But the most heart wrenching was Gintoki’s story. It wrecks me to think he as a kid ate on the battlefield field with dead bodies lying around until he was found by Shoyo. Then to make it worse, he is forced to either save his friends or his sensei who practically brought him up. Of course, Shoyo wanted gintoki to save Takasugi and Katsura and gintoki knew it well. It is tragic to see how powerless Gintoki chops his beloved sensei’s head as Takasugi in the background screams for him to not. This puts in a lot of things in perspective and we finally understand why Takasugi us obsessed with power and the reason behind the equation he shares with Gintoki. 

Never trust the sadist, Toshi

Despite of it being more of a serious and mature arc than what usually Gintama caters, there were enough comedic moments to keep the laughter kicking. It is hilarious to watch Gintoki pretend to be Shogun’s double. Then there is the revelation of Momochi’s real identity which tickles the funny bones. There are enough moments to provide that much needed comedic relief. 

In conclusion, I loved this shift in content genre that Gintama had. This arc was incredible for it was full of action, comedy as well as emotions. I loved watching Takasugi reflect on his decision to turn evil and the fight with Gintoki was, needless to say, awesome. Everything about this arc was perfect. And in the end I just want to say, Shigeshige you were the only Shogun for us and we will miss you. We love you. Sayonara!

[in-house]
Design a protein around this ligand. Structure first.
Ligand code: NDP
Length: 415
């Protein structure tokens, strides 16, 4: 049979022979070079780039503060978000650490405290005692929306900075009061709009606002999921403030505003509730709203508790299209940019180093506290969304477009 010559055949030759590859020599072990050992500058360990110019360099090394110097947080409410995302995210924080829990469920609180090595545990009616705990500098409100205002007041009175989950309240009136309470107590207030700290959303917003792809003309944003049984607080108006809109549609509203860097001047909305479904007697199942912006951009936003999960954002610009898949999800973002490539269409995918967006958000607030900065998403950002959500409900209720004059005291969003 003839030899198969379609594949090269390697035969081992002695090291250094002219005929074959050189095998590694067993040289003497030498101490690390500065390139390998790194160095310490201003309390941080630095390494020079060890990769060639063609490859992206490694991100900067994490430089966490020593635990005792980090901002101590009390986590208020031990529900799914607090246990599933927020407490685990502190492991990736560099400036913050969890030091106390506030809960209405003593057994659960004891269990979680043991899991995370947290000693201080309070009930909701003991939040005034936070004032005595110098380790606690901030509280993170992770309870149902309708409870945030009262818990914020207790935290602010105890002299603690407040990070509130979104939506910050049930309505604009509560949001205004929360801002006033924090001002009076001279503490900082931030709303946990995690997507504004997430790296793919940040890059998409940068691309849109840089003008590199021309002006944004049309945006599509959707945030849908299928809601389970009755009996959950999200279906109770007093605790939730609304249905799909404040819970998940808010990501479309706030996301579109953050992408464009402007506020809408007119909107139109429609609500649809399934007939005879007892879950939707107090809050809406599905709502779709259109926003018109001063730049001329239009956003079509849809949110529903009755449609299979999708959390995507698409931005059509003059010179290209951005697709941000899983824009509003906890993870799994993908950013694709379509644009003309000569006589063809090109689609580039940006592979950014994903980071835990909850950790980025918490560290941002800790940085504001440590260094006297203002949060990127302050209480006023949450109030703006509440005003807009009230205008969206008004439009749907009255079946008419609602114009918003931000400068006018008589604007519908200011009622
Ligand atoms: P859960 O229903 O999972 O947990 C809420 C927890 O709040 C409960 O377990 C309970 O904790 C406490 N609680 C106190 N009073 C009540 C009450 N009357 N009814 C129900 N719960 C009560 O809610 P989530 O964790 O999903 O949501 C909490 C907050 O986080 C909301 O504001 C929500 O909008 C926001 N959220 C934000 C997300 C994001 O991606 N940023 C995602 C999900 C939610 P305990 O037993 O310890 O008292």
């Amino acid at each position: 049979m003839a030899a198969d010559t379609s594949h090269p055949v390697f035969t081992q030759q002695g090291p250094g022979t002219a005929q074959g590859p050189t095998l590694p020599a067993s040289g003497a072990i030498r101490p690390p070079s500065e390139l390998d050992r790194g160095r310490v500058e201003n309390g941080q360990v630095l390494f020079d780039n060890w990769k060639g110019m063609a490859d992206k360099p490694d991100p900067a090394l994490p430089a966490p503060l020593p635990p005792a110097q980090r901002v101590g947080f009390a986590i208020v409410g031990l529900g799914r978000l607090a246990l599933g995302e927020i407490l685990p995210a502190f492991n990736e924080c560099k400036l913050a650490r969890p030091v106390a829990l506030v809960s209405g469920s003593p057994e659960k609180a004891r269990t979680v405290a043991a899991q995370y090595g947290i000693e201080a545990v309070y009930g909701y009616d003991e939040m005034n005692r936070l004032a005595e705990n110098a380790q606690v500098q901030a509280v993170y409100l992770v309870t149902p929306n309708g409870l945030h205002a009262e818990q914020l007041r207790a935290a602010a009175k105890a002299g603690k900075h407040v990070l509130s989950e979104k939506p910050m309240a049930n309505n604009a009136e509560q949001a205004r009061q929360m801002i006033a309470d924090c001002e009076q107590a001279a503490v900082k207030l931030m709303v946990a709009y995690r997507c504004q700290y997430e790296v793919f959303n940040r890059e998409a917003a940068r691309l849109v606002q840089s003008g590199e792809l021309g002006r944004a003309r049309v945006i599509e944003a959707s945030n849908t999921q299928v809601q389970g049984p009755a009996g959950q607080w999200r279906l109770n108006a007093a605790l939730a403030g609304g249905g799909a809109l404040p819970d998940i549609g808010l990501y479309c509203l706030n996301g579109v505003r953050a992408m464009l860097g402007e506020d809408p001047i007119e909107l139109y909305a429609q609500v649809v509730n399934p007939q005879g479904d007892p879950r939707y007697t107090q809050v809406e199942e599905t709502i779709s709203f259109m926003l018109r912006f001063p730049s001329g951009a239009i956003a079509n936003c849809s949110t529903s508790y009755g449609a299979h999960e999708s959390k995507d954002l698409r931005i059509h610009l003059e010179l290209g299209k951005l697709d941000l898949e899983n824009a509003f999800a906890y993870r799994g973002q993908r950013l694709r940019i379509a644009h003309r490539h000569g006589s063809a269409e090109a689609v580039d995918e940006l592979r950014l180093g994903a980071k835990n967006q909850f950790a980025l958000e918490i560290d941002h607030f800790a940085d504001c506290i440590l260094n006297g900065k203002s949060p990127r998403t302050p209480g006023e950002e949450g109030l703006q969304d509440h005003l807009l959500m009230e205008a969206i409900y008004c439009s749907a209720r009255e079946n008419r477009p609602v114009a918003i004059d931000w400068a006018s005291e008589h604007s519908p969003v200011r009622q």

Author:

When anime is life, it's hard not to have an opinion and when writing is the spice of life, it's hard not to concoct a special recipe every now and then.

6 thoughts on “Gintama Gets Serious – Shogun Assassination Arc

  1. “Gintama has always been known for its comedy so seeing it go serious for a change was a nice surprise”
    Hum no actually Gintama has always been known for his serious arcs with actual plots… while most of the series is an episodic comedy.
    Gintama is even regarded as the anime with the best comedy to drama transition.

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    1. Yes, but mostly people identify gintama with humor rather than a mysterious, subversive plot. I agree that gintama has the best comedy to drama transition. That goes without a doubt. But otherwise, it’s a comedy show..

      Like